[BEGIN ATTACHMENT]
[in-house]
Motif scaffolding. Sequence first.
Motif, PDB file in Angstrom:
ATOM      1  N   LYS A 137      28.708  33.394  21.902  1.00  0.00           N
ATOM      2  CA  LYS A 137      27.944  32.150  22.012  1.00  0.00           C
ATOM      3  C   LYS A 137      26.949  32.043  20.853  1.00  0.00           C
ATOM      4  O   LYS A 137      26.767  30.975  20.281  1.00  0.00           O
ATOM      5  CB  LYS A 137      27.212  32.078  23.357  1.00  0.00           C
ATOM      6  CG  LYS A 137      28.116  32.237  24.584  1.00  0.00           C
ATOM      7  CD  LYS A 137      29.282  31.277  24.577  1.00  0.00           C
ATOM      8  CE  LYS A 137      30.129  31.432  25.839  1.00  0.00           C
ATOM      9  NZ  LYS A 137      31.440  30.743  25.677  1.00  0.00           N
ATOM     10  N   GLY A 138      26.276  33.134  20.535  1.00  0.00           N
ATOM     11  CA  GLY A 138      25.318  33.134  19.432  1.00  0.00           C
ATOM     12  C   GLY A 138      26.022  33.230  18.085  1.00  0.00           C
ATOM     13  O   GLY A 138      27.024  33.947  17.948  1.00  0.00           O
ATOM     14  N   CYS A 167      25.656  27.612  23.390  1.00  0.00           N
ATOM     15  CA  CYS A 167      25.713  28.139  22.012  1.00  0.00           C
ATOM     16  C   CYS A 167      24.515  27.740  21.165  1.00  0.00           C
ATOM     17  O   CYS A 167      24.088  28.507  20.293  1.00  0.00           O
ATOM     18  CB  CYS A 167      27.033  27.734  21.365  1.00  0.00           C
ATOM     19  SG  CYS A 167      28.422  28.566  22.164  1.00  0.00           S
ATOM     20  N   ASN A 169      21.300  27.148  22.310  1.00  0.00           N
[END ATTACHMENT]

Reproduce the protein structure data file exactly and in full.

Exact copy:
[in-house]
Motif scaffolding. Sequence first.
Motif, PDB file in Angstrom:
ATOM      1  N   LYS A 137      28.708  33.394  21.902  1.00  0.00           N
ATOM      2  CA  LYS A 137      27.944  32.150  22.012  1.00  0.00           C
ATOM      3  C   LYS A 137      26.949  32.043  20.853  1.00  0.00           C
ATOM      4  O   LYS A 137      26.767  30.975  20.281  1.00  0.00           O
ATOM      5  CB  LYS A 137      27.212  32.078  23.357  1.00  0.00           C
ATOM      6  CG  LYS A 137      28.116  32.237  24.584  1.00  0.00           C
ATOM      7  CD  LYS A 137      29.282  31.277  24.577  1.00  0.00           C
ATOM      8  CE  LYS A 137      30.129  31.432  25.839  1.00  0.00           C
ATOM      9  NZ  LYS A 137      31.440  30.743  25.677  1.00  0.00           N
ATOM     10  N   GLY A 138      26.276  33.134  20.535  1.00  0.00           N
ATOM     11  CA  GLY A 138      25.318  33.134  19.432  1.00  0.00           C
ATOM     12  C   GLY A 138      26.022  33.230  18.085  1.00  0.00           C
ATOM     13  O   GLY A 138      27.024  33.947  17.948  1.00  0.00           O
ATOM     14  N   CYS A 167      25.656  27.612  23.390  1.00  0.00           N
ATOM     15  CA  CYS A 167      25.713  28.139  22.012  1.00  0.00           C
ATOM     16  C   CYS A 167      24.515  27.740  21.165  1.00  0.00           C
ATOM     17  O   CYS A 167      24.088  28.507  20.293  1.00  0.00           O
ATOM     18  CB  CYS A 167      27.033  27.734  21.365  1.00  0.00           C
ATOM     19  SG  CYS A 167      28.422  28.566  22.164  1.00  0.00           S
ATOM     20  N   ASN A 169      21.300  27.148  22.310  1.00  0.00           N